On his first day in office, US President Joe Biden signed a series of executive actions to reverse several policies of outgoing President Donald Trump’s administration on immigration, such as the travel ban on citizens of Muslim nations and the building of a border wall with Mexico.

Over his four years in power, Trump took over 400 executive actions on immigration without any congressional input, and Biden is already working to undo some of them. Among the executive orders Biden has signed is one that preserves the Deferred Action for Childhood Arrivals program, initiated by former President Barack Obama, which protects undocumented immigrants who came to the US as children – known as “Dreamers” – from being deported. Trump had tried to undo the Obama-era program.

Biden also lifted the “Muslim Ban”, which Trump had signed to deny entry to citizens of predominantly Muslim countries, and halted construction of Trump’s famous border wall on the US-Mexico border. He has also placed a 100-day moratorium on deportations.

Besides the executive orders, which he signed only hours after being sworn in, Biden also sent Congress an expansive bill that aims to overhaul the current immigration system — signalling that immigration is a top priority for his administration. His proposed bill, the US Citizenship Act of 2021, aims to “restore humanity and American values” to the immigration system, and provides a roadmap to citizenship for undocumented immigrants.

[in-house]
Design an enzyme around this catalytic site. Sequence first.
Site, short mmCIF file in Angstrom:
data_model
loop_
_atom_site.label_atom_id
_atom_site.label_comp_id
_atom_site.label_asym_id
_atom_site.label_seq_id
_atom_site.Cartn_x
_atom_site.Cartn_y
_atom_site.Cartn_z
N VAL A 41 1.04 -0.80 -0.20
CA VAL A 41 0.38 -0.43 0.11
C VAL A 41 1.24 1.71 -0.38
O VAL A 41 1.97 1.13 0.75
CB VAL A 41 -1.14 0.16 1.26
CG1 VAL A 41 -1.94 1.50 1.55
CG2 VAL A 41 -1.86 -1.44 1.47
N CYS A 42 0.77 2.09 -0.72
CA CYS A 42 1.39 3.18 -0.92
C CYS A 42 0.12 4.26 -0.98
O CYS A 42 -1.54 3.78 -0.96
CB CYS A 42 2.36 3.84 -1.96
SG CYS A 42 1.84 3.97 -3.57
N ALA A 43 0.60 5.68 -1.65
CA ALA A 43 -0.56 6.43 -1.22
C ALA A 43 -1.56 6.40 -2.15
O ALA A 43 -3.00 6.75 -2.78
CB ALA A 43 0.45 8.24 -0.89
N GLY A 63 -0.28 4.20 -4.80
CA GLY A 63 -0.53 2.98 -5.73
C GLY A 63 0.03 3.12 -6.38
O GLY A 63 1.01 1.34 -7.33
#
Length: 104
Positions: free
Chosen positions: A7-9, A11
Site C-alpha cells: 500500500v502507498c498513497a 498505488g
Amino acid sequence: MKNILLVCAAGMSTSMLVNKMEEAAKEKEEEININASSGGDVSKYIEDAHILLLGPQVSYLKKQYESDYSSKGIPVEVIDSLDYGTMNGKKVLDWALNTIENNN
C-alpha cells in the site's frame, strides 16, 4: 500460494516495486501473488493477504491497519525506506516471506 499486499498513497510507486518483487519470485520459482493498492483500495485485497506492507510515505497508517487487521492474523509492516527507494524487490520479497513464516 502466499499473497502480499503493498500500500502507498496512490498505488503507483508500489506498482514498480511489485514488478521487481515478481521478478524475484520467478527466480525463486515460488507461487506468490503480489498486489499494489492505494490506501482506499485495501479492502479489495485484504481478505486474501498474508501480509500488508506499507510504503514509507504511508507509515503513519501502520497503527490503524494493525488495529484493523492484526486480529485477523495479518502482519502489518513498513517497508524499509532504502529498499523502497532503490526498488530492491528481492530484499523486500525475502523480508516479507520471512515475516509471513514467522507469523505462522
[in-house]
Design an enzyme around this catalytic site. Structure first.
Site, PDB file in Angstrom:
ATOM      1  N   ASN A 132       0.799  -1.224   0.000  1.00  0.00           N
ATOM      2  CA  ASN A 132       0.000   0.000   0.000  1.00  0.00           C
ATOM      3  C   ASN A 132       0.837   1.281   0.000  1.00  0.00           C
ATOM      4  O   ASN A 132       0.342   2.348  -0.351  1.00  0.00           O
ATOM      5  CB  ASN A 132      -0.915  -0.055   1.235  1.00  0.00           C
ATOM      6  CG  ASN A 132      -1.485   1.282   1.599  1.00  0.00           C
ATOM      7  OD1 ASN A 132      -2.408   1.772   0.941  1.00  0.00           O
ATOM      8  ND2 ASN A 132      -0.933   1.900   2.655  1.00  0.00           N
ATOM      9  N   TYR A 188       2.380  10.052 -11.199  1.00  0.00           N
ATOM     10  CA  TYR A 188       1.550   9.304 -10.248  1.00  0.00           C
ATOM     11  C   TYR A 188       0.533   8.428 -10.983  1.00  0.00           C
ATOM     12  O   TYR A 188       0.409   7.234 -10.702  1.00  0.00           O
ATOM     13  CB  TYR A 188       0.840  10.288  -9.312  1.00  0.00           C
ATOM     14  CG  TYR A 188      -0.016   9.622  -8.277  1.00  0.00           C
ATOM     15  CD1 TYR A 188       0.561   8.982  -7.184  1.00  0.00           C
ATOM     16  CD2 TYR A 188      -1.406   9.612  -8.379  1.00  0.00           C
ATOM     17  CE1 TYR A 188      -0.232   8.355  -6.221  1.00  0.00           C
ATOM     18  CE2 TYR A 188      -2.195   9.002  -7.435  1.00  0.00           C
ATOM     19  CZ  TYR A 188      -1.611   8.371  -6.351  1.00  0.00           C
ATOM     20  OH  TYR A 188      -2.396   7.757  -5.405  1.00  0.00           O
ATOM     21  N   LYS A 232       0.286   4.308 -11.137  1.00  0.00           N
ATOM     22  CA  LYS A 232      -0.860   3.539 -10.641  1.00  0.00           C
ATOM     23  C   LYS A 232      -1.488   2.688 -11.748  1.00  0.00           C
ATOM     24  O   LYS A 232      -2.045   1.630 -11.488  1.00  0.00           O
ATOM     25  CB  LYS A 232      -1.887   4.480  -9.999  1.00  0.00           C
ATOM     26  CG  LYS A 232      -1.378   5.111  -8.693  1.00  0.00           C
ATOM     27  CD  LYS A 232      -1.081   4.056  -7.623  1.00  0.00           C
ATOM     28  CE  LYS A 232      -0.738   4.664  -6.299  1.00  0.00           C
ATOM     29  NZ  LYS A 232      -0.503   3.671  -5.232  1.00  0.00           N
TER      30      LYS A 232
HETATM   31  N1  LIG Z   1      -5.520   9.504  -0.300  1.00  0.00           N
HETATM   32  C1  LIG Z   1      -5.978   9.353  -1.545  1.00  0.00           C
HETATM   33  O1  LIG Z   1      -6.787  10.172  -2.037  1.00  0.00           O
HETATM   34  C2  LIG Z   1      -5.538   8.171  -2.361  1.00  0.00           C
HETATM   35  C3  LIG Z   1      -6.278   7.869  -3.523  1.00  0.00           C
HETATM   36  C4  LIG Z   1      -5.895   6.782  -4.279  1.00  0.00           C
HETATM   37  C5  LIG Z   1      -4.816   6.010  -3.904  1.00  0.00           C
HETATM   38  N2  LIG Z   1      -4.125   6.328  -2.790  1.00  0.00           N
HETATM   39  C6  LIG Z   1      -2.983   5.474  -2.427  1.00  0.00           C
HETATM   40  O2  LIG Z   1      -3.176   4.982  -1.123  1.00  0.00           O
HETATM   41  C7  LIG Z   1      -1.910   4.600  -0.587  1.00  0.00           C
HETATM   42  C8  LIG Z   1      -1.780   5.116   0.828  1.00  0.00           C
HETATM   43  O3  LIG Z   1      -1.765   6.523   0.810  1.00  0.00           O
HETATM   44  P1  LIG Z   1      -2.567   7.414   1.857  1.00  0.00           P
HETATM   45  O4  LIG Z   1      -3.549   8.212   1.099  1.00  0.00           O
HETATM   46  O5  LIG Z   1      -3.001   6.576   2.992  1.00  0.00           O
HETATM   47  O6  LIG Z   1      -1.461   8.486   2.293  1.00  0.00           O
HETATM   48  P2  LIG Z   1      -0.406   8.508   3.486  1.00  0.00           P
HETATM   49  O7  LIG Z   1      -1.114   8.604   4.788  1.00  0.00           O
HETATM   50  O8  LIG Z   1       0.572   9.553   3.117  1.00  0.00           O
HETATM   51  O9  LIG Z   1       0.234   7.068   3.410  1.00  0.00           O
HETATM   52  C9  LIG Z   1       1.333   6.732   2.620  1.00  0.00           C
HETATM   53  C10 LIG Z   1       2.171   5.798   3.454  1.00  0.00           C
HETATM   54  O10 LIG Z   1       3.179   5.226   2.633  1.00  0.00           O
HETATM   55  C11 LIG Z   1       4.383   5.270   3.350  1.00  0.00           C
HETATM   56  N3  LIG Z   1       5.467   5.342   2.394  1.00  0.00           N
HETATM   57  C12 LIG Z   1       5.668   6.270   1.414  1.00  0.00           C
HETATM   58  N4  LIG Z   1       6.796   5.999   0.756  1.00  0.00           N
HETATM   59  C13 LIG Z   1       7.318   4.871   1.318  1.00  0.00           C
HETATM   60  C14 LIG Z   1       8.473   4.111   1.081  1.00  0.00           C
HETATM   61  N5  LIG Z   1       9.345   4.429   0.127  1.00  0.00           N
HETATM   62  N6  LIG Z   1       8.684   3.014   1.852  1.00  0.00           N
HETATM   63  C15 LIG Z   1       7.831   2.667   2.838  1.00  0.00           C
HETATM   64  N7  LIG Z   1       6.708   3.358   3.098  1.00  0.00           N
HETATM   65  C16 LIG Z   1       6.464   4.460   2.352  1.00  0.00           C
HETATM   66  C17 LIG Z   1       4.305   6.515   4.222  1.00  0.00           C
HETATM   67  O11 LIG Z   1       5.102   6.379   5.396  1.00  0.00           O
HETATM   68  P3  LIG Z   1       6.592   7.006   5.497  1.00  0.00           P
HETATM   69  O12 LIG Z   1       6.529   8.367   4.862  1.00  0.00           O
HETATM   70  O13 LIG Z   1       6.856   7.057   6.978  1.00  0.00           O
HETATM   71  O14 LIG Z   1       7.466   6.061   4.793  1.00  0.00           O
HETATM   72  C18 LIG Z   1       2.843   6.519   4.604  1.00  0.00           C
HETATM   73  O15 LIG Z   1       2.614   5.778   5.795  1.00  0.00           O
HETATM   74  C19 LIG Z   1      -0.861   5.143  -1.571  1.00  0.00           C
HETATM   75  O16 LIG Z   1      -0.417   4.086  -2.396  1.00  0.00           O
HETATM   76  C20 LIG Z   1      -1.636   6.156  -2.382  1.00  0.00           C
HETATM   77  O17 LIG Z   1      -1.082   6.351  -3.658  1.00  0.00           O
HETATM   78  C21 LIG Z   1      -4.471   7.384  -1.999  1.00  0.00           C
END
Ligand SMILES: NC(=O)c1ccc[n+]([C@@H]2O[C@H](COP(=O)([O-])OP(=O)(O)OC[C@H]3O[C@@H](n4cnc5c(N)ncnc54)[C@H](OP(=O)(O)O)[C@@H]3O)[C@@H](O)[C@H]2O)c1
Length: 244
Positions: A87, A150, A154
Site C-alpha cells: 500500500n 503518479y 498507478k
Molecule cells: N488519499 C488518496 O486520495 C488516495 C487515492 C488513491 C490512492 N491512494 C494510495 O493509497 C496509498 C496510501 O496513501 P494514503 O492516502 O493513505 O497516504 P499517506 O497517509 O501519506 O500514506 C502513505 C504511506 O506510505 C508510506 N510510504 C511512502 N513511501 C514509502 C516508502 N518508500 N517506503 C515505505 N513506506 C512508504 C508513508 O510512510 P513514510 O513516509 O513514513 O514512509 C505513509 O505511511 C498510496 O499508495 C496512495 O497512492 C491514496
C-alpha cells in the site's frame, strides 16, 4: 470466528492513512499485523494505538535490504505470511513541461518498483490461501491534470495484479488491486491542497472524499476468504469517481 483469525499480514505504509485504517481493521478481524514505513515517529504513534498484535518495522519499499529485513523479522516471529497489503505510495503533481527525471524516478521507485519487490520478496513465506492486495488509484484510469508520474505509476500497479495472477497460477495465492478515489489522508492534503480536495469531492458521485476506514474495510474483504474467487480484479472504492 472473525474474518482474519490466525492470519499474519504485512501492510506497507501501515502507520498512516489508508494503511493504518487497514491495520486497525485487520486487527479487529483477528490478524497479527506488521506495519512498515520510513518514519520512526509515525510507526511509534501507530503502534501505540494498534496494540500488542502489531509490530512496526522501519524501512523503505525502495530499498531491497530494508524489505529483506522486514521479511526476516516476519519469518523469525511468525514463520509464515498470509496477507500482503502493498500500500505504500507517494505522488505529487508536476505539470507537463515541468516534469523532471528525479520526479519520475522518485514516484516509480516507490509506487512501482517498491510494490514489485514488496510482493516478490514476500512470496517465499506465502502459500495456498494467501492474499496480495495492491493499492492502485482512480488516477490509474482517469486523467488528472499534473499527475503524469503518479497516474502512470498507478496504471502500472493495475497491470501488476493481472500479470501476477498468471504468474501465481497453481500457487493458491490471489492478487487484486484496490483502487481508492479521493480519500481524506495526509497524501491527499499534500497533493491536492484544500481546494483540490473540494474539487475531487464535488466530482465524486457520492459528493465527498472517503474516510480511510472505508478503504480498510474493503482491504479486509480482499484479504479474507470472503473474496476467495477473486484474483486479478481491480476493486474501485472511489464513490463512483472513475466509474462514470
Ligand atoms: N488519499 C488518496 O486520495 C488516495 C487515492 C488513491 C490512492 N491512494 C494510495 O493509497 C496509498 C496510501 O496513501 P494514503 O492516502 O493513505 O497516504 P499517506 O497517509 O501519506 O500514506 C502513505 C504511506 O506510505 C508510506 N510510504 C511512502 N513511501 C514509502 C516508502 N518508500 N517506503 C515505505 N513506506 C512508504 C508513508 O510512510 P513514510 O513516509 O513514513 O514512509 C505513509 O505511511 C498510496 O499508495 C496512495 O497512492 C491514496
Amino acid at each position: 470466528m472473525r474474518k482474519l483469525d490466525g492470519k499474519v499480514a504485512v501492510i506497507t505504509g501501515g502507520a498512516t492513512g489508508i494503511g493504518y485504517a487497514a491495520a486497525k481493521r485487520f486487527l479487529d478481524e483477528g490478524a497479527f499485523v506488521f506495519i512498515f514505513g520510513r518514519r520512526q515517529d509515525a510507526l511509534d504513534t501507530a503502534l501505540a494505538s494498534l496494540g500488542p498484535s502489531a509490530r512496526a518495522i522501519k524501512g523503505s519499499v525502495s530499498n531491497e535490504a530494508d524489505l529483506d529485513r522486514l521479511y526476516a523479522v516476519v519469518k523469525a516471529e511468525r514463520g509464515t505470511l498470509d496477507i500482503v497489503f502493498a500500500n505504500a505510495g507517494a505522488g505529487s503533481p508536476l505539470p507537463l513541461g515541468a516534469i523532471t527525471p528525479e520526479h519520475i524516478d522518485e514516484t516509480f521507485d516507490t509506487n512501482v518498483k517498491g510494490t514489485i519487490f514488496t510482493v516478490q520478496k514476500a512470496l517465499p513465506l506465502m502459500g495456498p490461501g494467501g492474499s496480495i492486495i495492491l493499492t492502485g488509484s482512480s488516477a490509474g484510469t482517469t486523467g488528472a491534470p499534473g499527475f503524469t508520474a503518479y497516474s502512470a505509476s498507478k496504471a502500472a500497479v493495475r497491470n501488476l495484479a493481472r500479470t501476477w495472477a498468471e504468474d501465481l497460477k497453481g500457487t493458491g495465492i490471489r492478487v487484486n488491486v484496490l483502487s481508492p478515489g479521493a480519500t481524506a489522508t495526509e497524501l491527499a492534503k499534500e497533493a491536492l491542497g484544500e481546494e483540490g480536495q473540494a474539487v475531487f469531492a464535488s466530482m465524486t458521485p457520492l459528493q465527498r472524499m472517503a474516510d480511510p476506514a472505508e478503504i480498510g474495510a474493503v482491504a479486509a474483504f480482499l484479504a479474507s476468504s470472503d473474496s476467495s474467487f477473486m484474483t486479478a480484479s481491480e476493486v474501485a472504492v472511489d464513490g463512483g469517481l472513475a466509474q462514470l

New immigration plan

While the text of the bill has not been released yet, the Biden administration has a fact sheet that addresses the proposed changes to both family-based and employment-based immigration, the most significant of which is that the 11 million undocumented immigrants in the US now have a clear, eight-year-path to citizenship.

Undocumented immigrants who were present in the US on or before January 1st 2021 can apply for a green card after five years, and are eligible for citizenship three years after that. The bill also aims to make family-based immigration quicker by clearing backlogs and ensuring shorter wait times, and increases the diversity visa quota from 55,000 to 80,000. Another important proposal is changing the word “alien” to “noncitizen” in American immigration laws.

The act also advocates for smart border controls: the Biden administration wants to use technology at borders to expedite screening and protect privacy, and aims to supplement existing infrastructure at ports of entry. The act goes a step further to address the roots of migration by increasing assistance to countries like El Salvador, Guatemala and Honduras. It also plans on improving existing immigration courts to protect refugees and asylum seekers and promises better technology and training for immigration judges.